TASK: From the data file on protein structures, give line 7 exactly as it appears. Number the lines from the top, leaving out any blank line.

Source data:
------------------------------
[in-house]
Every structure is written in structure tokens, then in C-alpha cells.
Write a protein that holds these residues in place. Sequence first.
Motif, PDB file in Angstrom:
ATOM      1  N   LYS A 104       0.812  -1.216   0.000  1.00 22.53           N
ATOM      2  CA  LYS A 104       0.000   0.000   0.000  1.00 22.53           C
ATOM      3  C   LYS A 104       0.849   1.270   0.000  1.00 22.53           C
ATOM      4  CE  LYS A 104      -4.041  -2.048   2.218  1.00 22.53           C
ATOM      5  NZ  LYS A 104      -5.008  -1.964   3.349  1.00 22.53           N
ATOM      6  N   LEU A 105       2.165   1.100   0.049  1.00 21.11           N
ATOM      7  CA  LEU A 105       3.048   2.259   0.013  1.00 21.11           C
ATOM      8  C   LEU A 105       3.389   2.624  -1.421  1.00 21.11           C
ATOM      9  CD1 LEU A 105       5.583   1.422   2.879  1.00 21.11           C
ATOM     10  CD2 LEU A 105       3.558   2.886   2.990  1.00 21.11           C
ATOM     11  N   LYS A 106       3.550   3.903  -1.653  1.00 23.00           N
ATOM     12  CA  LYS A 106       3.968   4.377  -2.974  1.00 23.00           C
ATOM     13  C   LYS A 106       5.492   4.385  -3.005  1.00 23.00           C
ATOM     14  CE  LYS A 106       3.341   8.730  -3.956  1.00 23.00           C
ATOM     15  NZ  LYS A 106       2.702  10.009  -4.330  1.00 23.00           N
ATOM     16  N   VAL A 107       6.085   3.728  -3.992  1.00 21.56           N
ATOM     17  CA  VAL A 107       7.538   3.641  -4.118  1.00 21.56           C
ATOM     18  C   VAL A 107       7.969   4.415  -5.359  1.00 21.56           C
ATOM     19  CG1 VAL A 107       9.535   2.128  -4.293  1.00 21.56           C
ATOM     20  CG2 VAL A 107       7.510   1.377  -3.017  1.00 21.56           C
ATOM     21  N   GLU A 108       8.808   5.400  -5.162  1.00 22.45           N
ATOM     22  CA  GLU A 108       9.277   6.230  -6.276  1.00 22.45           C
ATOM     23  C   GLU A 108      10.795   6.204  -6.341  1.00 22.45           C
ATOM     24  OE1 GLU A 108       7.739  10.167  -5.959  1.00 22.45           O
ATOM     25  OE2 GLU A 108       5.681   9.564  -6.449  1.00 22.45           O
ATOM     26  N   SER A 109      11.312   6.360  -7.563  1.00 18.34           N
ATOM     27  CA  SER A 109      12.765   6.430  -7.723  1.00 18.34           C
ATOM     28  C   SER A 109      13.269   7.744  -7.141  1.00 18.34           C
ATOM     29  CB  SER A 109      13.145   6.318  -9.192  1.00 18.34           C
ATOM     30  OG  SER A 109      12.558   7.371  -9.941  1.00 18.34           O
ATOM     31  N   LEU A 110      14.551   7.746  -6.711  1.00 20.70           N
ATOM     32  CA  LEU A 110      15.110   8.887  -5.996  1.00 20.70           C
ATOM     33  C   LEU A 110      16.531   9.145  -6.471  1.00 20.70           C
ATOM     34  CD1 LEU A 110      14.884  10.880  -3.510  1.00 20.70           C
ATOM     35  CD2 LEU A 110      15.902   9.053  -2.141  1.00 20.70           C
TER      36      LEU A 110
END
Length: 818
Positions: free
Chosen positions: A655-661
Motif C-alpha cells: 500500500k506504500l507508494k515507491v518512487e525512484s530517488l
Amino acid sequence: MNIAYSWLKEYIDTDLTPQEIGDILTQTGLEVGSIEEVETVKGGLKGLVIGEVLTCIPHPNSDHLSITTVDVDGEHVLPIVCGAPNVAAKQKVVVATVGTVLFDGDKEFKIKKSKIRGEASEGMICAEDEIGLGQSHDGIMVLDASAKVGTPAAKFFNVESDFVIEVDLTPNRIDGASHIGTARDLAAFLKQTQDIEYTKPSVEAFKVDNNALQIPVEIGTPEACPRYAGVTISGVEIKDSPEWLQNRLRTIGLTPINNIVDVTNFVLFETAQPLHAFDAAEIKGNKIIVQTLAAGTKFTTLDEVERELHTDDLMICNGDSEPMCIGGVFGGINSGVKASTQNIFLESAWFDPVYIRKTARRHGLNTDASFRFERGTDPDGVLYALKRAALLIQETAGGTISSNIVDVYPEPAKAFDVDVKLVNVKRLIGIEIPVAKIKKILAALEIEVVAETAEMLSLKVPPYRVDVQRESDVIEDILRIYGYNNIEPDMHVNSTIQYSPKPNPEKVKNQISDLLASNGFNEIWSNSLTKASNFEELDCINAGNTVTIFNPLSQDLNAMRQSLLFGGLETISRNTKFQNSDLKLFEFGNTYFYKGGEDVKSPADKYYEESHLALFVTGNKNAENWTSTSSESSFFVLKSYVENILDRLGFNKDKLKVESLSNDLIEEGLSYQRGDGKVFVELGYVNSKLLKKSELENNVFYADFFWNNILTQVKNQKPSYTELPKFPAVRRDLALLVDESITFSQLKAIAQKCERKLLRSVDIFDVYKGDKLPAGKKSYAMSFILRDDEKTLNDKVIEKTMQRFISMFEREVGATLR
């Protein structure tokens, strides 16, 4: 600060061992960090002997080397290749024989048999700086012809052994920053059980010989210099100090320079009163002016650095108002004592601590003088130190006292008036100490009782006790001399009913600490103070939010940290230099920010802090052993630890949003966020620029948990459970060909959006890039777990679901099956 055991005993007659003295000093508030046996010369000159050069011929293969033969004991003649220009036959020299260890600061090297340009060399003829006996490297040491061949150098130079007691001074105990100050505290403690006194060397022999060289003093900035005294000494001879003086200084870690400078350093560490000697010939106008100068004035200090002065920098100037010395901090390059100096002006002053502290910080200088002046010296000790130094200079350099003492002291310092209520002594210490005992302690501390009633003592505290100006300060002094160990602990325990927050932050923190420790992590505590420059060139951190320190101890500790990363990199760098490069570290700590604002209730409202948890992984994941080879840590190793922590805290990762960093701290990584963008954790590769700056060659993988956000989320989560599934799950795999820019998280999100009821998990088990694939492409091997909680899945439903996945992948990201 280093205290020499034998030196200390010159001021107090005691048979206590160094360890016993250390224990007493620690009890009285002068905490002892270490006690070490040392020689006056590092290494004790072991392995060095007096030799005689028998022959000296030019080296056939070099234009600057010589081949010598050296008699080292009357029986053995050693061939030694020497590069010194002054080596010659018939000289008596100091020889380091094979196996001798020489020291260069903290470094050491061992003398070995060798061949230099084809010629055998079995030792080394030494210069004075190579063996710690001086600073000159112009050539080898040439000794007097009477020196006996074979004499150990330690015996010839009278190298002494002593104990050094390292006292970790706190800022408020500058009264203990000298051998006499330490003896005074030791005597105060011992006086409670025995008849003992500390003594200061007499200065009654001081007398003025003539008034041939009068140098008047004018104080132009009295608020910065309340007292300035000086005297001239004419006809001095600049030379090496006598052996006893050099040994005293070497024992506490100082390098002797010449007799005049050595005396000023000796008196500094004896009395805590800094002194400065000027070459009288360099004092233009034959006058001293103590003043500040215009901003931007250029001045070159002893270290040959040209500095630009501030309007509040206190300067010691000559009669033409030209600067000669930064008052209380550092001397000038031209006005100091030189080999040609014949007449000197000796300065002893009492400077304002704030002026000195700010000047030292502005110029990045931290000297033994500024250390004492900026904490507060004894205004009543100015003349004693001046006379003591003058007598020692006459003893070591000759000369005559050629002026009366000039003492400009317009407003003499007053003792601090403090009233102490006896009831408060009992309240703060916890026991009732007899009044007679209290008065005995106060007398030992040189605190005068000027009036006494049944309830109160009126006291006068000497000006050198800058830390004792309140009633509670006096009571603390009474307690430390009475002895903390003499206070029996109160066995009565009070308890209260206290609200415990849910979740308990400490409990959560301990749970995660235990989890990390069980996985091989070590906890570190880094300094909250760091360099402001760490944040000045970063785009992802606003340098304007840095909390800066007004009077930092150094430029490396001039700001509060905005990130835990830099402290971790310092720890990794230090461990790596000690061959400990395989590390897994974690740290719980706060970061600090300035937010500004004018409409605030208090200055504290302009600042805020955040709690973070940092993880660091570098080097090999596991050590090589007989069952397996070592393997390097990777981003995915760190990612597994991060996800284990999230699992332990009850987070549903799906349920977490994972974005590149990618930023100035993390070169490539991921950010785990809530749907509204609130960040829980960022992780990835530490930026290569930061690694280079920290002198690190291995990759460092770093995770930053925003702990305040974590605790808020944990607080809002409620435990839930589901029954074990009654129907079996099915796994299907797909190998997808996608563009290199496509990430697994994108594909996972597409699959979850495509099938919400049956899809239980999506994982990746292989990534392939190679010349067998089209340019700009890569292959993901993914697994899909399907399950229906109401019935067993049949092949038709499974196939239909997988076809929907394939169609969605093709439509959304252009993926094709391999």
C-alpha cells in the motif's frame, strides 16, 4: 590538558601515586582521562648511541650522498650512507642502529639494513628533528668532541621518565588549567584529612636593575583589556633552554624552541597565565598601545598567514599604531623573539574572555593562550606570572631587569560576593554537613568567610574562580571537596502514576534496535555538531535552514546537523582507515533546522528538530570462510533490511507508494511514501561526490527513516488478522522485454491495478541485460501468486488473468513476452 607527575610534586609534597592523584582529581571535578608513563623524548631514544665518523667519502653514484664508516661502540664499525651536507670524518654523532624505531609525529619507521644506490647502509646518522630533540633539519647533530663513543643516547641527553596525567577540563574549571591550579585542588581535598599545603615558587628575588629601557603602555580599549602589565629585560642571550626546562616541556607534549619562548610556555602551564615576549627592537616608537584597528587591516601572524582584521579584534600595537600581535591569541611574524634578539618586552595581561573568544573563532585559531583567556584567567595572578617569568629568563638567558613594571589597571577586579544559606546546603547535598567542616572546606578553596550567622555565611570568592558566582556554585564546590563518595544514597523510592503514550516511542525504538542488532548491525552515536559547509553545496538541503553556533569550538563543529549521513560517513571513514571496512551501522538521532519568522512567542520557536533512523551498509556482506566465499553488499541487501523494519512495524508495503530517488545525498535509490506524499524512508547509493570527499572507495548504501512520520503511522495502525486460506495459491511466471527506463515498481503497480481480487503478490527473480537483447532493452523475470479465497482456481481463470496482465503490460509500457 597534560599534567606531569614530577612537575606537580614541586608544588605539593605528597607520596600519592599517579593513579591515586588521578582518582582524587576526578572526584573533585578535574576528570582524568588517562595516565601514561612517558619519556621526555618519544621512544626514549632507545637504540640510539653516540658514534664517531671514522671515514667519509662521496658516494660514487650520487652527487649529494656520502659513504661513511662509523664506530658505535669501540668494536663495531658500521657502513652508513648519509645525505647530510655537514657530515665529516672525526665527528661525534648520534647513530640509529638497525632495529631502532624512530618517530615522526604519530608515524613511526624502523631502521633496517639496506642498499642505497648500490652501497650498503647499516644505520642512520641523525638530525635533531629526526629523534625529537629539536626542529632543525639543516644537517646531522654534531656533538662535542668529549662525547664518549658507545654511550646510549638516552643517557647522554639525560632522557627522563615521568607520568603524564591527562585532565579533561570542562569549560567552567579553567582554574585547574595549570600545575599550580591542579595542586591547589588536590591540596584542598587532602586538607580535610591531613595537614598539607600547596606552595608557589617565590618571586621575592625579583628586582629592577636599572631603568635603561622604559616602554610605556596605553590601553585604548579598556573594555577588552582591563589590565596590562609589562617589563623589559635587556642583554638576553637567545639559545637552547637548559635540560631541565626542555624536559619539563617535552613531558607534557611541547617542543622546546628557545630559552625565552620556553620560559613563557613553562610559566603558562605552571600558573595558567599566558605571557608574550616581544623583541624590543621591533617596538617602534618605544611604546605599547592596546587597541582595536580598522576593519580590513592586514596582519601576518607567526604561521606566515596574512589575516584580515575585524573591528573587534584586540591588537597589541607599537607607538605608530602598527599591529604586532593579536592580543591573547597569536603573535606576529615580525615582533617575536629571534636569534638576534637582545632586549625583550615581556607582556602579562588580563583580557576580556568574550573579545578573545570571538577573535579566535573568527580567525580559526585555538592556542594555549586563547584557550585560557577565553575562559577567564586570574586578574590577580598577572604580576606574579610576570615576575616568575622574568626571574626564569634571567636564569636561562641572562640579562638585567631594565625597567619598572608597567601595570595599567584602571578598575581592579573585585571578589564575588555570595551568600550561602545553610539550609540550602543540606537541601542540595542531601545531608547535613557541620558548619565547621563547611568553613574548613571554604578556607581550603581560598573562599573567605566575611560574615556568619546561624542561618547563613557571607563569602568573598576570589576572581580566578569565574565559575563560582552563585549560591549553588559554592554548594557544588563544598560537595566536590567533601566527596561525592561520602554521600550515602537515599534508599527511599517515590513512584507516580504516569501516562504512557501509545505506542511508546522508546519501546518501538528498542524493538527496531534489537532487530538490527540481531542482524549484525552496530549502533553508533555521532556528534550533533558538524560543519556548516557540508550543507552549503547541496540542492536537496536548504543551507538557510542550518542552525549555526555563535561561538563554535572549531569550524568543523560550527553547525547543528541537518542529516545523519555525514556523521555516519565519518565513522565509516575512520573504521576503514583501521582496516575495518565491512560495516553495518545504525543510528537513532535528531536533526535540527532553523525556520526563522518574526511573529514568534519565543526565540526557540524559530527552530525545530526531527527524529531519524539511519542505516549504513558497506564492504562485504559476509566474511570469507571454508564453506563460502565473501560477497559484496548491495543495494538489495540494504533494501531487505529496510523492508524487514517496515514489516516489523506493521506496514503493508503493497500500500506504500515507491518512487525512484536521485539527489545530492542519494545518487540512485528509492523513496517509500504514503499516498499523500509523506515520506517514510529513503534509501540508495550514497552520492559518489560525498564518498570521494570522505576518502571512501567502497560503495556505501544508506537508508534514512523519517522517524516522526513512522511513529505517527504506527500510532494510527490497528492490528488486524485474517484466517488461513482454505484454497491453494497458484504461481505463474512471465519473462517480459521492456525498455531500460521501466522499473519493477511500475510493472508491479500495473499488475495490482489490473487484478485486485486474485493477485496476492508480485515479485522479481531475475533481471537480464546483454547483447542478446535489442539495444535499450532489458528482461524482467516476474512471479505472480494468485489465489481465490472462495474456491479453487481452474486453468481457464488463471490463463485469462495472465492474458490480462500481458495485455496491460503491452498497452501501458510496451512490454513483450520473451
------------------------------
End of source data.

ATOM      3  C   LYS A 104       0.849   1.270   0.000  1.00 22.53           C